Park City makes Conde Nast Traveler’s list of Best Places to Go in the U.S. | ParkRecord.com
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Park City makes Conde Nast Traveler’s list of Best Places to Go in the U.S.

Condé Nast Traveler has included Park City in its list of the 23 Best Places to Go in the U.S. next year. | File photo by David Jackson/Park Record
| David Jackson/Park Record

Condé Nast Traveler, the influential travel publication, has included Park City in its list of the 23 Best Places to Go in the U.S. next year, potentially providing a boost to the tourism industry at a time when there are concerns in the community about the impact of the visitors.

The publication posted the list on Tuesday. The places are listed in alphabetical order rather than by numeric ranking. The publication says editors selected the places independently, but Condé Nast Traveler may earn what is described as an affiliate commission when someone books through retail links.

The entry regarding Park City notes the planned return of the Sundance Film Festival as an in-person event in January after it moved online for two years out of concern of the pandemic. The entry also mentions improvements at Park City Mountain and Deer Valley Resort, as well as lodging and dining options.



“After a two-year pandemic pause, the largest indie film fest in the U.S. brings live events back to Park City this January. But the Sundance Film Festival isn’t the only reason we want to go now, with new offerings all across the mountain town,” the entry says.

The Condé Nast Traveler list includes large cities like Boston and Seattle alongside other resort destinations like Virginia Beach, Virginia. Telluride, Colorado, is the only other mountain resort to be listed.



The Park City Chamber/Bureau is pleased with the Condé Nast Traveler listing. The organization said a sustainable tourism plan it adopted is expected to result in “a drop in occupancy (inbound visitors) coupled with an increase in ADR, also known as average daily room rate.”

“We achieve this through target marketing to specific audiences that will pay higher rates and cause a slight dampening impact on inbound numbers of visitors. One of the most important things we can do to attract those coveted visitors is continue to achieve accolades including the ones in Condé Nast. This is a challenge because every destination on the entire planet would like to be included in that list,” Dan Howard, the vice president of communications for the Chamber/Bureau, said in a prepared response to a Park Record inquiry about the Condé Nast Traveler list. “It is generally a catalyst to get phones ringing in those destinations that land on the list. I can assure you every ski destination in the United States would like to be on this list, particularly at the beginning of December when they are booking their ski holidays.”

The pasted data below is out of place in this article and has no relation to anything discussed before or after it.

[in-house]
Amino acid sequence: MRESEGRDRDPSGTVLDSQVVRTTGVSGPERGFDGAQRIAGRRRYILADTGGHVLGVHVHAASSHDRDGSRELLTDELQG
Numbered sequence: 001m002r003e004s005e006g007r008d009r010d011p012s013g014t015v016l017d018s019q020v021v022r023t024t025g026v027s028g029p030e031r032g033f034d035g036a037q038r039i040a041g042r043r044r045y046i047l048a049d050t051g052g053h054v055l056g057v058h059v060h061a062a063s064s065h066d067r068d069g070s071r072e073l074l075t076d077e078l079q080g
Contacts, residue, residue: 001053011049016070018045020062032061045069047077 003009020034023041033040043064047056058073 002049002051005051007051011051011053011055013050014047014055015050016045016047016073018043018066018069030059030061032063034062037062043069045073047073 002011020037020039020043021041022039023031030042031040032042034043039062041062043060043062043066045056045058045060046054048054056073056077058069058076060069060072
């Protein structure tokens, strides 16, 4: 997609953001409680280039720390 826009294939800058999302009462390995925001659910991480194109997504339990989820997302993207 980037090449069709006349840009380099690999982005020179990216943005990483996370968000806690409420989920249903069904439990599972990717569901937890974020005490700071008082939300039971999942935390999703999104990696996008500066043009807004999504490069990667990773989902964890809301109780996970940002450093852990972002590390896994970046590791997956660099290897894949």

He added: “An accolade like this can be the difference in choosing one city over another. We would expect to see a short term boost from an accolade such as this for approximately four months, which covers most of the upcoming ski season. And it can have a long term impact as well because the town is ‘branded’ as a hot commodity. This accolade also helps our hotels by increasing the demand for their rooms because visitors have more reason to want to be here. It increases the value of the destination to be on any ‘hot list.’”

Howard also addressed the Chamber/Bureau’s work to present Park City to the media.

“At the chamber, we have to be especially creative to remain on a hot list when so many destinations are competing for that attention. We bring journalists in to show them our very latest, and hope that it is enough to stay top of mind and out-compete the other ski towns that would like this attention. We get very creative in how we present the town, and we know the journalists personally, so that we can match our town’s top assets with their personal interests so we appear especially delightful in their eyes. Our whole town is counting on us to succeed in terms of these editorial opportunities because they will help us be most attractive to those visitors who can make the biggest difference economically. Without these wins, we may need lots more visitors spending smaller amounts to raise the same amount of revenue. And that style of tourism really isn’t compatible with our Sustainable Tourism Plan,” he said.


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